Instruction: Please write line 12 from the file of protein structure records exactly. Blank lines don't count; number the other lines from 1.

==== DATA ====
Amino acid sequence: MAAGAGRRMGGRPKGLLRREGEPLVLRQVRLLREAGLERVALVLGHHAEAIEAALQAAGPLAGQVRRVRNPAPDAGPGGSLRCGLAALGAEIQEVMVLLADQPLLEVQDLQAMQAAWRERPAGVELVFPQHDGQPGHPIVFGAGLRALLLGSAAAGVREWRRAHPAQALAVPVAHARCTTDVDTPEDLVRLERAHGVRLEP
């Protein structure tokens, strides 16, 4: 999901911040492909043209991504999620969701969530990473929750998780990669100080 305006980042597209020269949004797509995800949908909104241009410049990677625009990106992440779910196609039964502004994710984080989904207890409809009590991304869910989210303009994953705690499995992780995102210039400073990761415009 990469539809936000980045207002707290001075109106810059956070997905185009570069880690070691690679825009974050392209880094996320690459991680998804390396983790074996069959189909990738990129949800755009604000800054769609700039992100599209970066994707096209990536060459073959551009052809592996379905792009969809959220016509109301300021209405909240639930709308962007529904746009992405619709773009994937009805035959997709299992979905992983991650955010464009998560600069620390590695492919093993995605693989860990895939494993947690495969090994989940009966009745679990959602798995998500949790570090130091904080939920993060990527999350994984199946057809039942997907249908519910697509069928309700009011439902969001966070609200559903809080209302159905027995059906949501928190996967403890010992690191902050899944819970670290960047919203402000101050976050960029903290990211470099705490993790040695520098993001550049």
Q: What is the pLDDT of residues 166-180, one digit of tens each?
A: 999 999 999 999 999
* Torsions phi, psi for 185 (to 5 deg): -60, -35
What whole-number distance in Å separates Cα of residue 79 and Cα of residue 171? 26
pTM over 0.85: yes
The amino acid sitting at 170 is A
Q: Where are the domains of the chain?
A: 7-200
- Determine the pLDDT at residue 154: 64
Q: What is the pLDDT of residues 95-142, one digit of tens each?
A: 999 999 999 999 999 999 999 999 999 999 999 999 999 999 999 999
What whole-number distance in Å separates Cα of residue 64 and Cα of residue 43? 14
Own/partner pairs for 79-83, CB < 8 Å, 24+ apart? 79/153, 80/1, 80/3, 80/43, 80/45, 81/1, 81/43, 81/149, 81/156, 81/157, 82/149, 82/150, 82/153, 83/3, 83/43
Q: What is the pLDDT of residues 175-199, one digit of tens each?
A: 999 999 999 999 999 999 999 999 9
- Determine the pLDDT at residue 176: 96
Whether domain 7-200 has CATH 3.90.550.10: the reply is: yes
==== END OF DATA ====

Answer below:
Q: What is the pLDDT of residues 95-142, one digit of tens each?